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Sin duda la Arquitectura es una disciplina en constante evolución… y la forma de representarla lógicamente también. Probablemente en sus inicios fueron dibujos en 2D hechos a lápiz, croquis y maquetas, luego apareció la fotografía (como barqo.cl) y se abrió un nuevo mundo de representación. Más tarde los videos (como 0300dv.com) y los modelos 3d cada vez han ido ganando más espacio… pero el software Photosynth que muestra Blaise Aguera en el video ya no sabría como clasificarlo. Son miles de fotos hechas por distintas personas en distintos momentos sobre una misma obra sin ningún tipo de concertación… hasta que un programa lo coordina todo automáticamente para hacer una representación 3d del edificio… Qué!?!? Muy díficil de explicar.
I’m Google ( direct link ) is an ongoing digital art project by Baltimore artist Dina Kelberman that documents digital patterns through non-artistic photography found on Google Image Search . When I first started scrolling through her Tumblr I wasn’t quite sure what I was looking at: frame after frame of airplanes pouring orange fire retardant on fires which slowly morphed into an orange kayak and then an orange bridge and on and on until I realized every single image shared a slight visual characteristic with the image before it. Via her artist statement: I’m Google is an ongoing tumblr blog in which batches of images and videos that I cull from the internet are compiled into a long stream-of-consciousness.
Our Supersize Boxed Canvas prints are simply huge - 2m x 1.1m printed boxed canvas. That’s 6’6” by 3’6”. The wow factor behind that big sofa of yours.
Over the last couple of weeks, and as a bit of a distraction from finishing off my PhD, I've been working with James Cheshire looking at the use of different languages within my aforementioned dataset of London tweets. I've been handling the data generation side, and the method really is quite simple. Just like some similar work carried out by Eric Fischer, I've employed the Chromium Compact Language Detector - a open-source Python library adapted from the Google Chrome algorithm to detect a website's language - in detecting the predominant language contained within around 3.3 million geolocated tweets, captured in London over the course of this summer. James has mapped up the data - shown below, or in zoomable form here - and he more fully describes some of the interesting trends that may be observed over on his blog . With respect to the detection process, the CLD tool appears to work pretty well.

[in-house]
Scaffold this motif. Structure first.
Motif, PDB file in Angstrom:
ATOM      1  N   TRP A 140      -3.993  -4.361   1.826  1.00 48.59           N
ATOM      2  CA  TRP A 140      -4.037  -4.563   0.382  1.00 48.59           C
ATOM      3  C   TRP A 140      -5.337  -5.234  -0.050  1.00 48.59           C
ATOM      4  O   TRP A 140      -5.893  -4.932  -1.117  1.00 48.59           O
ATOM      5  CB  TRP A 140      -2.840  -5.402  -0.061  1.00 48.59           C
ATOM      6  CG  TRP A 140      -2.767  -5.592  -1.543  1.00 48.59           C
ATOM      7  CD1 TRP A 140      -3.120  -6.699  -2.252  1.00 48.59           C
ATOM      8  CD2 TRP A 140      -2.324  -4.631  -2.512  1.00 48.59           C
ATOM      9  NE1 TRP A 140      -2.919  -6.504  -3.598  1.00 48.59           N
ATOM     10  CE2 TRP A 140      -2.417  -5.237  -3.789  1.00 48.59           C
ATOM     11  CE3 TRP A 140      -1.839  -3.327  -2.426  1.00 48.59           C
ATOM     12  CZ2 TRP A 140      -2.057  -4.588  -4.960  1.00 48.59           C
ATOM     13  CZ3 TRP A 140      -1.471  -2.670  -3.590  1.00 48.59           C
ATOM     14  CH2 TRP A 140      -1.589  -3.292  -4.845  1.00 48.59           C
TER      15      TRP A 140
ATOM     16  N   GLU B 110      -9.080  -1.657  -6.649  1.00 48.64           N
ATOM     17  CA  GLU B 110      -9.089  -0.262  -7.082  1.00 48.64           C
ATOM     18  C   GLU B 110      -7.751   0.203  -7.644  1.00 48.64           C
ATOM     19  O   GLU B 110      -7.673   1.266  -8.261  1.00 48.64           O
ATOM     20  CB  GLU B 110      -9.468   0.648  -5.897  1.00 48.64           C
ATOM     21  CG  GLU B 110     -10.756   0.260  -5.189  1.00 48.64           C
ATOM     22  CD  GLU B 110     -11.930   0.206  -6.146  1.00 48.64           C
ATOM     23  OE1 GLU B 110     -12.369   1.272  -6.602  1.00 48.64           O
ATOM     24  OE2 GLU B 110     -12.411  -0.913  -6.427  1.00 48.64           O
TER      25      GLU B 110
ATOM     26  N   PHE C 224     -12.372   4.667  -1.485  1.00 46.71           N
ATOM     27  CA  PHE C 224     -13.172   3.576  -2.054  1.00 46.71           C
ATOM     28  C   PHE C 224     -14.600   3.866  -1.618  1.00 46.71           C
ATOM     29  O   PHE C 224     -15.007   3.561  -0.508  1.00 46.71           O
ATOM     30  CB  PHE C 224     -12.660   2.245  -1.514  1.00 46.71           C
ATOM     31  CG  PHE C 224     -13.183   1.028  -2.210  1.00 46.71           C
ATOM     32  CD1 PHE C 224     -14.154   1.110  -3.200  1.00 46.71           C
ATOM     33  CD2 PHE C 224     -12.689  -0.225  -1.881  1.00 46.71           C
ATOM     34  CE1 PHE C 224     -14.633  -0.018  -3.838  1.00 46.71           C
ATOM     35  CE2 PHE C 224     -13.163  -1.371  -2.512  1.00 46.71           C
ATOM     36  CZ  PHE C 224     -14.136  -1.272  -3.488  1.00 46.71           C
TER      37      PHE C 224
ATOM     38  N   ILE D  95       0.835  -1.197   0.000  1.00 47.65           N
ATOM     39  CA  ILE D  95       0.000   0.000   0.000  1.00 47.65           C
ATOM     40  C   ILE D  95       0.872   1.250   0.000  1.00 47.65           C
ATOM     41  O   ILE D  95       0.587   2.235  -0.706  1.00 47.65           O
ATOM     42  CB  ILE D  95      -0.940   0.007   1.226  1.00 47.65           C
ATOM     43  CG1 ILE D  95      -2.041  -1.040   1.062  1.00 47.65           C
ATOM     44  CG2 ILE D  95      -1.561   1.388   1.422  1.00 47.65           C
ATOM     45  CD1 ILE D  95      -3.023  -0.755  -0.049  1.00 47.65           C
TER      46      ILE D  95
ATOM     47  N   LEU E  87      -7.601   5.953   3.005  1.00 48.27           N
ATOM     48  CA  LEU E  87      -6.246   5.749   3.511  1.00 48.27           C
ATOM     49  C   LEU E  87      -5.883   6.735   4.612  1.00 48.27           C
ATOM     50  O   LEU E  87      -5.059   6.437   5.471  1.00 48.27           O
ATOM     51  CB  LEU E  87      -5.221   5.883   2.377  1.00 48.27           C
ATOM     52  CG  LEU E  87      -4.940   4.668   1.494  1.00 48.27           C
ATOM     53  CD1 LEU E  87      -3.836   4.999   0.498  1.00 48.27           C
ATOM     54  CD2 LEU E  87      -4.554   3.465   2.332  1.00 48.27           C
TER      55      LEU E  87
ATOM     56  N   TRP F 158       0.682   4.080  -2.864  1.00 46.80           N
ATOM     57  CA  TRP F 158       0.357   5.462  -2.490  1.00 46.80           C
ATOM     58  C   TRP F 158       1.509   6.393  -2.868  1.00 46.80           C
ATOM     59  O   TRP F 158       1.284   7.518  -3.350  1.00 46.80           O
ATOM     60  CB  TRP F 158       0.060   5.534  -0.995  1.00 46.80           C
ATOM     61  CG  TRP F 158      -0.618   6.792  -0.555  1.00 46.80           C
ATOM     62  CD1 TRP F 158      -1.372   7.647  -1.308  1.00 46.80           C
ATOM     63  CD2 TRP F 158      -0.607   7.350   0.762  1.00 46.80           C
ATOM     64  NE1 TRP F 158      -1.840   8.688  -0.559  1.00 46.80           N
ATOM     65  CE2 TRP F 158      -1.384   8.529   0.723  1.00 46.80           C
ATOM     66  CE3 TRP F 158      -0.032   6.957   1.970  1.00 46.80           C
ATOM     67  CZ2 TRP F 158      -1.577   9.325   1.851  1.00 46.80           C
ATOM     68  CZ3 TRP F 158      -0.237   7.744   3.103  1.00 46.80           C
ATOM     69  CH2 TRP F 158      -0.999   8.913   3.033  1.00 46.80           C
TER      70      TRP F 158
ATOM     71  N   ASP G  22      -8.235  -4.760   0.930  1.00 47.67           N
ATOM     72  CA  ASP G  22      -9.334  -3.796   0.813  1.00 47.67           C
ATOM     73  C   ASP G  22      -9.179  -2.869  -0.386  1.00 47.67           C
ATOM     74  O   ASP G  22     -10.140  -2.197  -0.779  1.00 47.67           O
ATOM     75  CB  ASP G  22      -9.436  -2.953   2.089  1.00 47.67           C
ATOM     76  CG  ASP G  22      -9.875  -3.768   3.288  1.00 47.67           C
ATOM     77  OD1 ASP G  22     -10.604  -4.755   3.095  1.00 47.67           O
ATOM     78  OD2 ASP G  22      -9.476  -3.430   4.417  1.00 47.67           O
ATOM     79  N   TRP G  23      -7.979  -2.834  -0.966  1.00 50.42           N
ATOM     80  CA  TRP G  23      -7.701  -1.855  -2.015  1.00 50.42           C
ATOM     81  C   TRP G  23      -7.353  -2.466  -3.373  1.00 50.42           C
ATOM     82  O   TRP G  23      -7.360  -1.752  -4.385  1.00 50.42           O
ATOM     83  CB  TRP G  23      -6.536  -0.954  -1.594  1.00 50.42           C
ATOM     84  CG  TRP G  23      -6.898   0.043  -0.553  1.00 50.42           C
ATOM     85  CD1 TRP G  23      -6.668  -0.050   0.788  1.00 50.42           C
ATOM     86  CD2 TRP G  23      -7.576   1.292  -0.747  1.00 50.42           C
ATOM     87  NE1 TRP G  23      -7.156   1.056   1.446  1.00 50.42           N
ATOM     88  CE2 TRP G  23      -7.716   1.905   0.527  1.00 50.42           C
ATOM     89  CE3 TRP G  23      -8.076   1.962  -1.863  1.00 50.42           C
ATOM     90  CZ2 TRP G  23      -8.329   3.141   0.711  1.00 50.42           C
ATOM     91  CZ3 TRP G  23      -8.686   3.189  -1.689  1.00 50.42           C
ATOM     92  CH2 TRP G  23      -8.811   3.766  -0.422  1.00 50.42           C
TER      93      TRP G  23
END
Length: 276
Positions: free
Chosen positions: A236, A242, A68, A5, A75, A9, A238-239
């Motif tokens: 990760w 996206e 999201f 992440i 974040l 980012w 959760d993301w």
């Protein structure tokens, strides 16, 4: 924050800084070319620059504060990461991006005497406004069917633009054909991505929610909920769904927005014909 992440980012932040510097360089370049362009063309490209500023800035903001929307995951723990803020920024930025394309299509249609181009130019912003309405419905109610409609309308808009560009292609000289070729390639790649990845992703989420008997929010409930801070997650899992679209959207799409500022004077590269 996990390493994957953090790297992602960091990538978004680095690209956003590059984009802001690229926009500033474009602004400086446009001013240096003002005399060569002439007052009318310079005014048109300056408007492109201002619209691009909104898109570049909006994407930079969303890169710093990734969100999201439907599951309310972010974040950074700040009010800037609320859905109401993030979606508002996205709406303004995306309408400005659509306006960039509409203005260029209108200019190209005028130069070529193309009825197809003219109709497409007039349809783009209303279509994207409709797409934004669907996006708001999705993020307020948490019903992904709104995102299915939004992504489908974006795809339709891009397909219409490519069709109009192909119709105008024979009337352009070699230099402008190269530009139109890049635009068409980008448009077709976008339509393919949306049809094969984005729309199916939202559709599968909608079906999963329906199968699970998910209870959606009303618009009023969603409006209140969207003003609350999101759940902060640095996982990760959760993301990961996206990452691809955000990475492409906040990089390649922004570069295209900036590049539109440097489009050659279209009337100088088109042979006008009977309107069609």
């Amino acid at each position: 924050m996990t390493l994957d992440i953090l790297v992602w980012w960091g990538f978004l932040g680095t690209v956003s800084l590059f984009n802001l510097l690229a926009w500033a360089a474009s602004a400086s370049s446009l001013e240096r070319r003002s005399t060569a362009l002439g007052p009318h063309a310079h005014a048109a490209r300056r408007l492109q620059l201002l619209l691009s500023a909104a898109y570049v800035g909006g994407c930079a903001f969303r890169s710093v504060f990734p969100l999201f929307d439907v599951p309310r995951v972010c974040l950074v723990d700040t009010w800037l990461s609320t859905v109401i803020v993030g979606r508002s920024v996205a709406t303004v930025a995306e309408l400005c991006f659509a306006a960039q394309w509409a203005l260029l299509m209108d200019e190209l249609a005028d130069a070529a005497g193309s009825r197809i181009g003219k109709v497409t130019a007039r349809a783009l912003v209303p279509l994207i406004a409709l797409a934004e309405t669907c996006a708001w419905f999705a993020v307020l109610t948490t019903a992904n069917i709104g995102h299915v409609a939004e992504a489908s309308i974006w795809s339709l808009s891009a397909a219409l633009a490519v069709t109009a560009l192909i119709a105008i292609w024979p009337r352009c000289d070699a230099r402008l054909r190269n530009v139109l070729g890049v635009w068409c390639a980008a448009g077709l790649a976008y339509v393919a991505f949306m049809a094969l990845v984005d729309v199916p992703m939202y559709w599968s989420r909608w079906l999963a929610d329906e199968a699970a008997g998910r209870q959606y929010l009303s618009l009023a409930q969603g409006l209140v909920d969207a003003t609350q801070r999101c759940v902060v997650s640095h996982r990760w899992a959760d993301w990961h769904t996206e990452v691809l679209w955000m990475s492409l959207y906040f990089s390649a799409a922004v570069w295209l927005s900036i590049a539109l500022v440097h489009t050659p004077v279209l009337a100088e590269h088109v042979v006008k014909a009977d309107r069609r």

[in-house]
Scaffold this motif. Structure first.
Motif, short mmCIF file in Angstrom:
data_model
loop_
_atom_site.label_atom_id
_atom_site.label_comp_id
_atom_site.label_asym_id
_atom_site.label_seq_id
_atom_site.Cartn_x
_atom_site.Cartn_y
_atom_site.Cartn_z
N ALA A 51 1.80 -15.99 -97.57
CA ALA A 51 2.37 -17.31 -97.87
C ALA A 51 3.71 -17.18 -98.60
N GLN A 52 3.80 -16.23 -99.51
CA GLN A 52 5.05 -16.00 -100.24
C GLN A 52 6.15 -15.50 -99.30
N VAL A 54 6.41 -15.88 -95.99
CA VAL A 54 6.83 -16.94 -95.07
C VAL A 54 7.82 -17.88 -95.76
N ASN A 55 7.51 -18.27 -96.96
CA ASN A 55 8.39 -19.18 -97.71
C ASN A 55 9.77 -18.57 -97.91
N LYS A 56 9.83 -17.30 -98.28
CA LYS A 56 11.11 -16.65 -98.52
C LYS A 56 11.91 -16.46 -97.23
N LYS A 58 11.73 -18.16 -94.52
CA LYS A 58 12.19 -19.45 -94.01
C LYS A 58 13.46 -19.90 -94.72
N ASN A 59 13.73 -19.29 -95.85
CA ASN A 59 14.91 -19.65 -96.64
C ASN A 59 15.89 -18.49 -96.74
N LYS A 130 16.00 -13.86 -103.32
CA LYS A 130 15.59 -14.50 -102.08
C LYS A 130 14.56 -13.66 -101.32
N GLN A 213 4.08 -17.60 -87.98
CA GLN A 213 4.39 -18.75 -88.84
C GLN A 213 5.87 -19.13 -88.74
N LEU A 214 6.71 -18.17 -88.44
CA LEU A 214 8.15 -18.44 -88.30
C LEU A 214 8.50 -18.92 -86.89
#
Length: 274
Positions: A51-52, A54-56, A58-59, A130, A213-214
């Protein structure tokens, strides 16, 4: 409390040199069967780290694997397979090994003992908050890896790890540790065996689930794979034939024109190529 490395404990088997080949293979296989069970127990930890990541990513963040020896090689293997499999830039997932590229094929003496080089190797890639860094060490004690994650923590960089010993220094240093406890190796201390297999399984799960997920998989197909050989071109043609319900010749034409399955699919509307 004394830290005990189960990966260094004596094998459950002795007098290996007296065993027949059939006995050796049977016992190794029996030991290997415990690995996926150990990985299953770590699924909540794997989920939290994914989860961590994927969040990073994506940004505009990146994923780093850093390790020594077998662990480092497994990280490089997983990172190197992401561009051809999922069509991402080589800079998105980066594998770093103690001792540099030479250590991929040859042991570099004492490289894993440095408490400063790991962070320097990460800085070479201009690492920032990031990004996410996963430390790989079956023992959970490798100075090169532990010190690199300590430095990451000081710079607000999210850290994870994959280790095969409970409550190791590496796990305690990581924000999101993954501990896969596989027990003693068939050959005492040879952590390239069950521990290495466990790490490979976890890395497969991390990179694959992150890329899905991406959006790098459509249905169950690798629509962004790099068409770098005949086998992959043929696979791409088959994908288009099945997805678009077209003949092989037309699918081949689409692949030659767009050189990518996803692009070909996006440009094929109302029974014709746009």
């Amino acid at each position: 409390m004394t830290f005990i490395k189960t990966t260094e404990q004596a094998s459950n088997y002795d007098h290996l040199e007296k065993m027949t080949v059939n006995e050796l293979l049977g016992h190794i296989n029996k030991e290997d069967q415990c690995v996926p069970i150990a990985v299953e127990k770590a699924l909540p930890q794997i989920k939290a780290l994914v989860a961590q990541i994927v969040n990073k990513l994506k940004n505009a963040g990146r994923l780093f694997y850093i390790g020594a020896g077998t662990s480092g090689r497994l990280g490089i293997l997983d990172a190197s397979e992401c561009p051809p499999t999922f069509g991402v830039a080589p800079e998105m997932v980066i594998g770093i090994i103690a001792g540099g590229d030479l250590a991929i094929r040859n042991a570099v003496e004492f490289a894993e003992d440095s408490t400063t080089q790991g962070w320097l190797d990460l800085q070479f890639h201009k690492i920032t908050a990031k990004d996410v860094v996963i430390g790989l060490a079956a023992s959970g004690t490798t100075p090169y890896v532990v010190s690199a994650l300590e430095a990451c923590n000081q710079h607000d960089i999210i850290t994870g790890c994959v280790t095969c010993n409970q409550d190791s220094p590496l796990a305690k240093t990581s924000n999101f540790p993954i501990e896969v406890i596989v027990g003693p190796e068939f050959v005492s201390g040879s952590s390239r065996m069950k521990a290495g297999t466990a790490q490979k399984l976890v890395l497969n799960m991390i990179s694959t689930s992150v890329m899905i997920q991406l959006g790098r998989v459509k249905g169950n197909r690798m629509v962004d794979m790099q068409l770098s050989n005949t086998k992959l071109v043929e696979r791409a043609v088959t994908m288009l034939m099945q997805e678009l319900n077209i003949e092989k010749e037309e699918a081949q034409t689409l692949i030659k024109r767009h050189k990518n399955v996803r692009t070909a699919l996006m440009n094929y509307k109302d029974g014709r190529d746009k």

Using an algorithm adapted from web browser Google Chrome, engineering doctorate candidate Ed Manley and spatial analysis lecturer James Cheshire, both from University College London, were able to detect the language of tweets sent from the London area over the summer. Of 3.3 million tweets, 92.5 per cent are, not surprisingly, in English. The biggest tweeting tongues after that are Spanish (grey), French (red), Turkish (dark blue), Arabic (green), Portuguese (purple), German (orange), Italian (yellow), Malay (turquoise) and Russian (pink). Arabic tweeters are busy in the strongly Middle Eastern area of Edgware Road, to the north-east of Hyde Park.
Mapping the Geography of Domain Names There are currently over 18 million .com domains registered on the Internet, along with another 11 million domains of varying sorts  . What is the geography of these domains - who owns them and where are they concentrated? Clearly domain names are a valuable commodity (and some of them are very valuable, for example the $7.5 million paid for business.com or $3 million for loans.com), but they are also a useful indicator for tracking Internet content production. Mapping domain name geography provides valuable insights into where the decision makers, the new jobs, and the money are, helping identify which neighborhoods, cities, regions and countries are leading the pack on the Internet.
Bill Graham Presents in San Francisco John Mayall / Sha Na Na
When faced with ones own weakness, selfishness and arrogance, the enormity of it is too much too absorb.
The wonderful webGobbler gallery The beautiful trashbin Click on a thumbnail below for the full size 1280x1024 picture. Use the F11 key (on most browsers) to enjoy it in fullscreen. You can download webGobbler directly from sebsauvage.net or from one of the download directories: « webGobbler is a unique program »